Your possessions are not only valuable for sentimental reasons, they are also financial assets. Specify how you want your possessions to be divided after your death in your last will and testament to protect your treasured objects. In addition to your will, write a letter of instruction for your heirs and beneficiaries. This letter is not legally binding but it supplements your will with important information.
Specify the location and approximate value of your important possessions. This alleviates fees spent to locate them. The letter to your heirs and beneficiaries needs to specify exactly what objects go to which designated beneficiaries.
Instruct how you want sentimental objects of lesser value to be given out. The letter to your heirs and beneficiaries may contain information about valuable possessions as well as sentimental pieces. Specify which beneficiaries are to receive less valuable possessions.
Include important contact information in the letter to your heirs and beneficiaries. Leave important phone numbers to banks that may hold bank deposit boxes for you, as well as contact information for your other financial advisers, accountants, brokers and insurance agents.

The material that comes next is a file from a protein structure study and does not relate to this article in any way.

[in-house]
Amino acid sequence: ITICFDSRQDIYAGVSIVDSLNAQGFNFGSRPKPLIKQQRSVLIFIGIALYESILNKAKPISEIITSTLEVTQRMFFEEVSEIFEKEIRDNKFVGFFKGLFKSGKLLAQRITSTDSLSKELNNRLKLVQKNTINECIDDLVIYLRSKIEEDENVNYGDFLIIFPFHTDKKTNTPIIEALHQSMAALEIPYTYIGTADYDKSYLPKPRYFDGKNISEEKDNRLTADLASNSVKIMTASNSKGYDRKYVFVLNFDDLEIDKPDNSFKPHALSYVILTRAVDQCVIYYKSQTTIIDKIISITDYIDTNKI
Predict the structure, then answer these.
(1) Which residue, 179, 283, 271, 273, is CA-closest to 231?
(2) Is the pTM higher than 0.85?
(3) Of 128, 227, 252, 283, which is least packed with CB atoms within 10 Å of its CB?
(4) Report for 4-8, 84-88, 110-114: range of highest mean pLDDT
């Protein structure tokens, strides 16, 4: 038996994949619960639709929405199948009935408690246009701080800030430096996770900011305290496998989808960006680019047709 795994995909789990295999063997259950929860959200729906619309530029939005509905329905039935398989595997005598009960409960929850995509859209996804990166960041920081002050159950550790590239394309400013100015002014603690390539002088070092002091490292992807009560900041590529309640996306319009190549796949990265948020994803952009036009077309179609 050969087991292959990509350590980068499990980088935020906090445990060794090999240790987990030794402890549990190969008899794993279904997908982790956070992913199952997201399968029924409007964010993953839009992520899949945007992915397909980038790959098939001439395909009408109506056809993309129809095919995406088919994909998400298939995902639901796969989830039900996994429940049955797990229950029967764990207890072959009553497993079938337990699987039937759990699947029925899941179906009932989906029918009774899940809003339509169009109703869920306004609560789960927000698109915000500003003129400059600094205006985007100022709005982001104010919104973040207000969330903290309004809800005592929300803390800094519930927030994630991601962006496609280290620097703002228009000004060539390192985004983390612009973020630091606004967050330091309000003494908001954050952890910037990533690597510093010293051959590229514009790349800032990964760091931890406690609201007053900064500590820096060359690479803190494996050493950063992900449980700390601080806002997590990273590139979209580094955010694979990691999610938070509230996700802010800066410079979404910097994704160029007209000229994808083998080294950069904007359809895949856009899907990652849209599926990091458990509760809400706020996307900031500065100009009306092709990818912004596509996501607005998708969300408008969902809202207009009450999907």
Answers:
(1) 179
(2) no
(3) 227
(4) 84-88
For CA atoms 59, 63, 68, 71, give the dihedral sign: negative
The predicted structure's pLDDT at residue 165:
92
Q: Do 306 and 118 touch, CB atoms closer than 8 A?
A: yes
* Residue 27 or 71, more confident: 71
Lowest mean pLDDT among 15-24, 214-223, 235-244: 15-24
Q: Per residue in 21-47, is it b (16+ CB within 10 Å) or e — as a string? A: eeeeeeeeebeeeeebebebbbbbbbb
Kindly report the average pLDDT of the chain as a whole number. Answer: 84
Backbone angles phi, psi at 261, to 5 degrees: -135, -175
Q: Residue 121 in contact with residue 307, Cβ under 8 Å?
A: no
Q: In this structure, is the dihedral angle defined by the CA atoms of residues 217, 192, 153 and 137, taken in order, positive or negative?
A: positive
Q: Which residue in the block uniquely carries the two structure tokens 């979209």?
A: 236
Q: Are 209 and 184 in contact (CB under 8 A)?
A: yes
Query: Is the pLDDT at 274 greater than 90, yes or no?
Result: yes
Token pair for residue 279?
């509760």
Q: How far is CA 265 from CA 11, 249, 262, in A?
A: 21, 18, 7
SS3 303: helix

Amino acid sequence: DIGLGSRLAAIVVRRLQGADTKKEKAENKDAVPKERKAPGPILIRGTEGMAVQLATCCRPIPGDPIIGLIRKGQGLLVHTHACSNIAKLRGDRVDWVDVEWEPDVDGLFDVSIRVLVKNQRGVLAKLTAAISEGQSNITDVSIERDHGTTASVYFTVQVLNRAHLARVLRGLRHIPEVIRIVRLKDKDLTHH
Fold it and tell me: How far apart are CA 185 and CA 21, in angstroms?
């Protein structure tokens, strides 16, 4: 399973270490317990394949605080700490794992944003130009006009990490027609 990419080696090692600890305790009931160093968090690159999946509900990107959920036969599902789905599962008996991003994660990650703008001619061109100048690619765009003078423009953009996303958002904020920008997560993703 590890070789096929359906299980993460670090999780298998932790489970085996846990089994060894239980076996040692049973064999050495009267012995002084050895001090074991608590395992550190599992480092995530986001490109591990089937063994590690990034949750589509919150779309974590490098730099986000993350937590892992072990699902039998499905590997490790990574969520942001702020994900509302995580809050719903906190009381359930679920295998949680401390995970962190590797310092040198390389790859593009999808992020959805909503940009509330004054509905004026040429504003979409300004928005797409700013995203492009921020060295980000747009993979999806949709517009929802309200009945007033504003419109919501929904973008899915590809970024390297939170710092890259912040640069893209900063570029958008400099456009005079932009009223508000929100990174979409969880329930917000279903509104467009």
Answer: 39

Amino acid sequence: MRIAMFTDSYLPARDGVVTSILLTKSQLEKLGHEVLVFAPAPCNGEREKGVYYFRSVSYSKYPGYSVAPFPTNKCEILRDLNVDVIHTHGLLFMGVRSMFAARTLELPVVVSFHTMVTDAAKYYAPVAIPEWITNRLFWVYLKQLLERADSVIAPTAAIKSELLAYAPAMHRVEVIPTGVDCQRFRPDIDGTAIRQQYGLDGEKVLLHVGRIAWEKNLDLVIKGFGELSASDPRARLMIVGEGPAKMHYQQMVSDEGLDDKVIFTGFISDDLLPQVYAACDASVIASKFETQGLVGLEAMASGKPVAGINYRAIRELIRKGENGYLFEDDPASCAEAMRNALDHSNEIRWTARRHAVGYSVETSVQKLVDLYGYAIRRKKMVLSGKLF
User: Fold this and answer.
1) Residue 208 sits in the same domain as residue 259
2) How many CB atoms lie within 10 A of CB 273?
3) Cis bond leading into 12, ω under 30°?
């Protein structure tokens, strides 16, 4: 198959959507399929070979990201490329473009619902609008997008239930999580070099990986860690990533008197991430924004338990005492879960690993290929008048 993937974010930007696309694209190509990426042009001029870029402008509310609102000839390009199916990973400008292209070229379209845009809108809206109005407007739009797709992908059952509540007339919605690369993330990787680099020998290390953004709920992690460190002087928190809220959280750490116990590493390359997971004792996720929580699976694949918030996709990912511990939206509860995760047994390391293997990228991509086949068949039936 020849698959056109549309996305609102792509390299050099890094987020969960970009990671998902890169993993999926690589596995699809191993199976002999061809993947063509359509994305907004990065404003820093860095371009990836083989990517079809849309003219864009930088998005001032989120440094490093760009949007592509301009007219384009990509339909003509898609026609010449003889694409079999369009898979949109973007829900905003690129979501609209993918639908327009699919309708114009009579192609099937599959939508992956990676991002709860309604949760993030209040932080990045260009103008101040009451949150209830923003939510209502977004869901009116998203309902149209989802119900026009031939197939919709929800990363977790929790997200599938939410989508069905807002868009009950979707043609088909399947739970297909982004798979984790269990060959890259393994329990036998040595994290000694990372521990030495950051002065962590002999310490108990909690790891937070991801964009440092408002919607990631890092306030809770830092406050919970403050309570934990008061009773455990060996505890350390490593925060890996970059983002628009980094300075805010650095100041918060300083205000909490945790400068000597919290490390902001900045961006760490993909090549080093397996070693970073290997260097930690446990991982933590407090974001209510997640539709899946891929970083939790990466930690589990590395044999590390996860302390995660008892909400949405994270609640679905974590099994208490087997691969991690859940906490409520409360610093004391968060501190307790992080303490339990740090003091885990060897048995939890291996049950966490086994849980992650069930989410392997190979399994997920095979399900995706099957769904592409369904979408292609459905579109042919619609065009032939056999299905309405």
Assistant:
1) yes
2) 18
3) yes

Leave a personal message. Give the letter a personal touch and address each of your heirs and beneficiaries personally. Tell them any last wishes you may have or any hopes you have for their future.
Write as clearly as possible. Use specific details and avoid using shorthand. Your heirs and beneficiaries cannot guess what you mean when you're gone.
Keep a copy of the letter at home, one with your attorney and give the executor of your will a copy as well. Store a copy in an easily accessible place. Storing it in a safety deposit box might make it difficult for your beneficiaries to access.
Update the letter frequently or as you acquire new possessions. Check the letter at least once a year to make sure it is always up-to-date.